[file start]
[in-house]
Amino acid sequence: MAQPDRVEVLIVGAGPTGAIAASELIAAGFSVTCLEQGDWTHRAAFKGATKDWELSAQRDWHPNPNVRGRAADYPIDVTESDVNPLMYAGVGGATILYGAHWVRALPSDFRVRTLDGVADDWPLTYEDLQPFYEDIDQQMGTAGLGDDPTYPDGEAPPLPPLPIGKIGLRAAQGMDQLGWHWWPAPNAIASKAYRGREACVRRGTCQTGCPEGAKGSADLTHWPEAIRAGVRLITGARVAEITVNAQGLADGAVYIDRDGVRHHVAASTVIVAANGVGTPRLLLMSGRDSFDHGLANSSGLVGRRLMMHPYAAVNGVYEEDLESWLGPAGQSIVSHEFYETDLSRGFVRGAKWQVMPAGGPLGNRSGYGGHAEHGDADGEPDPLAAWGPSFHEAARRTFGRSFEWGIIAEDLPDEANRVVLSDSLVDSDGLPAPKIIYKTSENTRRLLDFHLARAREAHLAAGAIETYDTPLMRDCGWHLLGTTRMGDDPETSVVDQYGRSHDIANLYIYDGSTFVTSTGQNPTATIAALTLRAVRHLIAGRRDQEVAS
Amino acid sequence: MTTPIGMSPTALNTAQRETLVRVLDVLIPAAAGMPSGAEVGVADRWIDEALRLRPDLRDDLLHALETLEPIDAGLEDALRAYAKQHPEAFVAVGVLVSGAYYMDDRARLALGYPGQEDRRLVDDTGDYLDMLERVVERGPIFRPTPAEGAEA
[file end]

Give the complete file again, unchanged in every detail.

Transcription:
[in-house]
Amino acid sequence: MAQPDRVEVLIVGAGPTGAIAASELIAAGFSVTCLEQGDWTHRAAFKGATKDWELSAQRDWHPNPNVRGRAADYPIDVTESDVNPLMYAGVGGATILYGAHWVRALPSDFRVRTLDGVADDWPLTYEDLQPFYEDIDQQMGTAGLGDDPTYPDGEAPPLPPLPIGKIGLRAAQGMDQLGWHWWPAPNAIASKAYRGREACVRRGTCQTGCPEGAKGSADLTHWPEAIRAGVRLITGARVAEITVNAQGLADGAVYIDRDGVRHHVAASTVIVAANGVGTPRLLLMSGRDSFDHGLANSSGLVGRRLMMHPYAAVNGVYEEDLESWLGPAGQSIVSHEFYETDLSRGFVRGAKWQVMPAGGPLGNRSGYGGHAEHGDADGEPDPLAAWGPSFHEAARRTFGRSFEWGIIAEDLPDEANRVVLSDSLVDSDGLPAPKIIYKTSENTRRLLDFHLARAREAHLAAGAIETYDTPLMRDCGWHLLGTTRMGDDPETSVVDQYGRSHDIANLYIYDGSTFVTSTGQNPTATIAALTLRAVRHLIAGRRDQEVAS
Amino acid sequence: MTTPIGMSPTALNTAQRETLVRVLDVLIPAAAGMPSGAEVGVADRWIDEALRLRPDLRDDLLHALETLEPIDAGLEDALRAYAKQHPEAFVAVGVLVSGAYYMDDRARLALGYPGQEDRRLVDDTGDYLDMLERVVERGPIFRPTPAEGAEA